Think of a survey as a (slightly one-sided) conversation. One person asks the questions, the other one answers them.
Great and smart surveys, much like great and smart conversations, have a natural flow and feel.
So, what can you do to ensure your survey’s respondents feel like they’re a part of the conversion?
There are two types of mistakes that people make the most frequently when creating surveys which impedes that nice and easy “flow” of conversation that’s needed:
1. Question ordering: Your questions should appear in an order that makes sense. Begin surveys with questions that are easy to answer (not overly personal) and keep related questions together. Make sure that the order isn’t introducing bias into your survey.
2. Question phrasing: Make sure your questions are phrased in a conversational manner. Clarify anything that might be vague or confusing, and try to strike a balance between sounding approachable (to make sure people understand you and feel comfortable) and sounding formal (to make sure people take the survey seriously)!
In order to make better sense of this advice, let’s drop in on Charlie and Lucy’s first date:
Charlie is on a blind date with Lucy. A little nervous, a little interested, and unsure of what to expect, he walks up to her and says hello.
“Hi!” says Charlie.
“How much money do you make per year?” replies Lucy.
Charlie shifts uncomfortably and is reluctant to answer her question. He doesn’t even know her last name and she wants to know his salary?!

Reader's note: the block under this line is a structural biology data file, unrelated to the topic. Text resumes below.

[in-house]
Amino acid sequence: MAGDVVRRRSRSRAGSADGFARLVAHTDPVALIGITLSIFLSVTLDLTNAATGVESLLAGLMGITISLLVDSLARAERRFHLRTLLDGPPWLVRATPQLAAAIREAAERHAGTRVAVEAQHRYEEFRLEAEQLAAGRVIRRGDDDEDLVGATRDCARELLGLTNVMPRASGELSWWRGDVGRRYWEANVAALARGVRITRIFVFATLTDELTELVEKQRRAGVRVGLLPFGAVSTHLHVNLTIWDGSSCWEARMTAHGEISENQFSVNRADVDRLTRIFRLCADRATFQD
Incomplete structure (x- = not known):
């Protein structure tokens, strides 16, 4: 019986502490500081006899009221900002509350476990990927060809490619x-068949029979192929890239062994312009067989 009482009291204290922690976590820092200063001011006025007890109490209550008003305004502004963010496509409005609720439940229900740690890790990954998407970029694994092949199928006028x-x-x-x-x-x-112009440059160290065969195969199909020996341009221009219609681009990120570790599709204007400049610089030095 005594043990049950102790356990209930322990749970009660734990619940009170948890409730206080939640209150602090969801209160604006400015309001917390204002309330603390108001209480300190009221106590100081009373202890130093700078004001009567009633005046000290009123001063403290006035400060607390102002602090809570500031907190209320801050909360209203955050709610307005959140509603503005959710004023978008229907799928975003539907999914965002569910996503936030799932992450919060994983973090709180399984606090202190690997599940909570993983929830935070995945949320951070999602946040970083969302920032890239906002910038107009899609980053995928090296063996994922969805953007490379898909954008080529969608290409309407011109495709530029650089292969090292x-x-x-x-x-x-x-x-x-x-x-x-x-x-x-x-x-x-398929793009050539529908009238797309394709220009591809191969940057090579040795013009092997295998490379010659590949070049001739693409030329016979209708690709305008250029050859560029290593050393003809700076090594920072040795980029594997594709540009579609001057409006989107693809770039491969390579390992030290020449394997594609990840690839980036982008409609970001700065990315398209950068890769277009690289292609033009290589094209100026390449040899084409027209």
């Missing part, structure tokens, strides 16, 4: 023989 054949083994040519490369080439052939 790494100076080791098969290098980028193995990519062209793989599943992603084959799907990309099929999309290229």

So how does this relate to your survey? In surveys, just like in conversations, you can’t start asking questions that are too personal or sensitive right off the bat. You need to develop a rapport with your respondents first and save the sensitive questions for the end once you’re sure that the respondent won’t drop out of the survey (for more about how to ask sensitive questions, stay tuned for our next Methodology blog post).
Quick fix: Ask sensitive questions last.
Charlie reluctantly tells Lucy how much money he makes. Then she asks him what kind of flowers he likes best, how many times he went to the gym, if he’s ever been sprayed by a skunk, and whether he believes in the American Dream.
“What does knowing how much money I make have to do with whether I’ve ever been sprayed by a skunk?” Charlie wonders.
Charlie and Lucy haven’t even known each other for five minutes and already he’s feeling a little overwhelmed and his head is spinning. He eyes the door and considers making a run for it just to avoid any more of Lucy’s crazy questions.
So how does this relate to your survey? Make sure that your beginning questions match the subject of your survey. If you tell respondents you’re going to survey them about cars, but you start off by asking about politics, they’re more likely to drop out. Moreover, throwing a bunch of unrelated questions together in one survey confuses respondents. Survey questions should progress naturally from one to another- remember that ‘easy flow’? A simple way to do this is to group related questions together. Instead of asking about cars and then social media and then planes and then TV viewing, group the transportation questions together and the media ones together.
Quick fix: Use page breaks to group related questions together. Include headings that explain to respondents why you’re asking them the questions.
“Do I believe in the American Dream?” Charlie thinks to himself.